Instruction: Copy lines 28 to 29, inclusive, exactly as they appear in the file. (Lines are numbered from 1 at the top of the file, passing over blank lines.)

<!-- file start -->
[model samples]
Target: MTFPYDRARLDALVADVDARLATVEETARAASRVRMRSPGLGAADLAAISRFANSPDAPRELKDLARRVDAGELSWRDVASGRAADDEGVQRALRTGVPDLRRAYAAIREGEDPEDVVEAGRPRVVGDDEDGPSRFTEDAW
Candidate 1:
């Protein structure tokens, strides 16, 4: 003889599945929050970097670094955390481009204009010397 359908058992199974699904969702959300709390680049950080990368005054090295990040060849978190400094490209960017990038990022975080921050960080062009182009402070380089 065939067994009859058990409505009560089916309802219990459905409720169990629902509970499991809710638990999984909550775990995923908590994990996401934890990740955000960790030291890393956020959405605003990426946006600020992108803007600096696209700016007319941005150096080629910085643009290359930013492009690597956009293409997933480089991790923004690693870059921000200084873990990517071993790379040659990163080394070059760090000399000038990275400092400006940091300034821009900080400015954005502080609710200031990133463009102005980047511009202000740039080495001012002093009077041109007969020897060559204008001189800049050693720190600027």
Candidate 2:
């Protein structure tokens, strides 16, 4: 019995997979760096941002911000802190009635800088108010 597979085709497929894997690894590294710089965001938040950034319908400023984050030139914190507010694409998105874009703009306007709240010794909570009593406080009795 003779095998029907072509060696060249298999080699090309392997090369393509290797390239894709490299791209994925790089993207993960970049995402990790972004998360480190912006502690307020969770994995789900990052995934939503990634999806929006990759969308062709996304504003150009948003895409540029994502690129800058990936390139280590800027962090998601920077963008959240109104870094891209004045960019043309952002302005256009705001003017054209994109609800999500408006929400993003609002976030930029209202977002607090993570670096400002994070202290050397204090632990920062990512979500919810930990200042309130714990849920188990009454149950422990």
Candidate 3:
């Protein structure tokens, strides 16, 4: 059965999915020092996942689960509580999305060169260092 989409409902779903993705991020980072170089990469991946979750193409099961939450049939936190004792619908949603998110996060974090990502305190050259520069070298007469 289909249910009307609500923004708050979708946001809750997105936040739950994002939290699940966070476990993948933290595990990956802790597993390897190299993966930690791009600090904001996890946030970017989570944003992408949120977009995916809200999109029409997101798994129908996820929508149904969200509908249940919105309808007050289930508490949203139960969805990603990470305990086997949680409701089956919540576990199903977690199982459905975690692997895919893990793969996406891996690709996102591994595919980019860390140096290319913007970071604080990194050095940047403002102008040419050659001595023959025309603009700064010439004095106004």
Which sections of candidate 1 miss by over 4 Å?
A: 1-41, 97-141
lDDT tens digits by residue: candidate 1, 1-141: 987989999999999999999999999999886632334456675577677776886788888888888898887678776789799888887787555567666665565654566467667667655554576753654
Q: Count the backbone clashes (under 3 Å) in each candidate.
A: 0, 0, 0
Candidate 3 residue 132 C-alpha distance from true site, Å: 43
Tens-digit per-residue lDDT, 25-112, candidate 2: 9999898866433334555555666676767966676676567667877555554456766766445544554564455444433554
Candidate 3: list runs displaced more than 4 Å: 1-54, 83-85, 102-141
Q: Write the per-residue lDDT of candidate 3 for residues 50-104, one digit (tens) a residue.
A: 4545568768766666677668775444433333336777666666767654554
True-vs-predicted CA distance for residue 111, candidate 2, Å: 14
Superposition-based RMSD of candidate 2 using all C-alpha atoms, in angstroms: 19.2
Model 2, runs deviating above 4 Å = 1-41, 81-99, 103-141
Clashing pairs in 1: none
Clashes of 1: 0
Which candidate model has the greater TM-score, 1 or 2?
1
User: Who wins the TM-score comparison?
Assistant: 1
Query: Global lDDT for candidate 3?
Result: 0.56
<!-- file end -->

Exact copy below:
Query: Global lDDT for candidate 3?
Result: 0.56